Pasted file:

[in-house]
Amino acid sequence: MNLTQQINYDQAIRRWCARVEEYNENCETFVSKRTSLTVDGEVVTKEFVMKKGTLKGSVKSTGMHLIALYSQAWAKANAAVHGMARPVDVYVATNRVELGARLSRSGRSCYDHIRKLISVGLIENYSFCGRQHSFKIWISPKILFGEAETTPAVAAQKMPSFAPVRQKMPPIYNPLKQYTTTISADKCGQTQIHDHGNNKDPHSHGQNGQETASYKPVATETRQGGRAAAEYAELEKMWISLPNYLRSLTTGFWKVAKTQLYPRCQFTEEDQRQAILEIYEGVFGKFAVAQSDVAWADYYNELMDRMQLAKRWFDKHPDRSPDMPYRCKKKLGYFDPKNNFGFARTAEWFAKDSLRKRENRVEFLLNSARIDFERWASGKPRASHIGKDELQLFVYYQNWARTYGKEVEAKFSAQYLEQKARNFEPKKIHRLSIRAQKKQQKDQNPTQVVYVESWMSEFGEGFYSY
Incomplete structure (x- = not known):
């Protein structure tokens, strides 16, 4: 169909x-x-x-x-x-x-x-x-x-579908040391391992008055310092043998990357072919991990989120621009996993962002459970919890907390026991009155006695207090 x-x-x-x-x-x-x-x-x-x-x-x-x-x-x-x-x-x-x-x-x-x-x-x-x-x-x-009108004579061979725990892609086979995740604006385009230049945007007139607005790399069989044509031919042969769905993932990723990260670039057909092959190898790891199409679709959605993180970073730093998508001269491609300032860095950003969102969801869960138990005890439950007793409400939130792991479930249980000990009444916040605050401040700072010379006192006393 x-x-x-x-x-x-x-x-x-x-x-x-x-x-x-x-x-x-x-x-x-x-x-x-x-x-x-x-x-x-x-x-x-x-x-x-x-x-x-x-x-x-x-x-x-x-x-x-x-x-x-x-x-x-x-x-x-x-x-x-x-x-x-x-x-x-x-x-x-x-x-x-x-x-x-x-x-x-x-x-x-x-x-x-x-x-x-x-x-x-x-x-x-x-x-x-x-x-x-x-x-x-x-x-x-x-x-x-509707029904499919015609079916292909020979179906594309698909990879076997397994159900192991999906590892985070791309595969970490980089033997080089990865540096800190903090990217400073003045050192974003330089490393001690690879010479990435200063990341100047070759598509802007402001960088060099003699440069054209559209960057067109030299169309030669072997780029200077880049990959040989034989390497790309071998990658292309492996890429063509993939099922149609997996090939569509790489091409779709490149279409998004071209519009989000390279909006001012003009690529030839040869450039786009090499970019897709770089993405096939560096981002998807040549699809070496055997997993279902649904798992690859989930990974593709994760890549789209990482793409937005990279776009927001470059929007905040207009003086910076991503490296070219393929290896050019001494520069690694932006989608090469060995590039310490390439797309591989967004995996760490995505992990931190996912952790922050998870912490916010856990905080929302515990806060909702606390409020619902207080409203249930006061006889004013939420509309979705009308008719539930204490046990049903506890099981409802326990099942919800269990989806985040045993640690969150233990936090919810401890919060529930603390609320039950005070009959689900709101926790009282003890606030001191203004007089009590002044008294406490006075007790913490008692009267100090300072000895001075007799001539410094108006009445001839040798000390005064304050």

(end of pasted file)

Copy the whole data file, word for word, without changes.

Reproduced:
[in-house]
Amino acid sequence: MNLTQQINYDQAIRRWCARVEEYNENCETFVSKRTSLTVDGEVVTKEFVMKKGTLKGSVKSTGMHLIALYSQAWAKANAAVHGMARPVDVYVATNRVELGARLSRSGRSCYDHIRKLISVGLIENYSFCGRQHSFKIWISPKILFGEAETTPAVAAQKMPSFAPVRQKMPPIYNPLKQYTTTISADKCGQTQIHDHGNNKDPHSHGQNGQETASYKPVATETRQGGRAAAEYAELEKMWISLPNYLRSLTTGFWKVAKTQLYPRCQFTEEDQRQAILEIYEGVFGKFAVAQSDVAWADYYNELMDRMQLAKRWFDKHPDRSPDMPYRCKKKLGYFDPKNNFGFARTAEWFAKDSLRKRENRVEFLLNSARIDFERWASGKPRASHIGKDELQLFVYYQNWARTYGKEVEAKFSAQYLEQKARNFEPKKIHRLSIRAQKKQQKDQNPTQVVYVESWMSEFGEGFYSY
Incomplete structure (x- = not known):
């Protein structure tokens, strides 16, 4: 169909x-x-x-x-x-x-x-x-x-579908040391391992008055310092043998990357072919991990989120621009996993962002459970919890907390026991009155006695207090 x-x-x-x-x-x-x-x-x-x-x-x-x-x-x-x-x-x-x-x-x-x-x-x-x-x-x-009108004579061979725990892609086979995740604006385009230049945007007139607005790399069989044509031919042969769905993932990723990260670039057909092959190898790891199409679709959605993180970073730093998508001269491609300032860095950003969102969801869960138990005890439950007793409400939130792991479930249980000990009444916040605050401040700072010379006192006393 x-x-x-x-x-x-x-x-x-x-x-x-x-x-x-x-x-x-x-x-x-x-x-x-x-x-x-x-x-x-x-x-x-x-x-x-x-x-x-x-x-x-x-x-x-x-x-x-x-x-x-x-x-x-x-x-x-x-x-x-x-x-x-x-x-x-x-x-x-x-x-x-x-x-x-x-x-x-x-x-x-x-x-x-x-x-x-x-x-x-x-x-x-x-x-x-x-x-x-x-x-x-x-x-x-x-x-x-509707029904499919015609079916292909020979179906594309698909990879076997397994159900192991999906590892985070791309595969970490980089033997080089990865540096800190903090990217400073003045050192974003330089490393001690690879010479990435200063990341100047070759598509802007402001960088060099003699440069054209559209960057067109030299169309030669072997780029200077880049990959040989034989390497790309071998990658292309492996890429063509993939099922149609997996090939569509790489091409779709490149279409998004071209519009989000390279909006001012003009690529030839040869450039786009090499970019897709770089993405096939560096981002998807040549699809070496055997997993279902649904798992690859989930990974593709994760890549789209990482793409937005990279776009927001470059929007905040207009003086910076991503490296070219393929290896050019001494520069690694932006989608090469060995590039310490390439797309591989967004995996760490995505992990931190996912952790922050998870912490916010856990905080929302515990806060909702606390409020619902207080409203249930006061006889004013939420509309979705009308008719539930204490046990049903506890099981409802326990099942919800269990989806985040045993640690969150233990936090919810401890919060529930603390609320039950005070009959689900709101926790009282003890606030001191203004007089009590002044008294406490006075007790913490008692009267100090300072000895001075007799001539410094108006009445001839040798000390005064304050």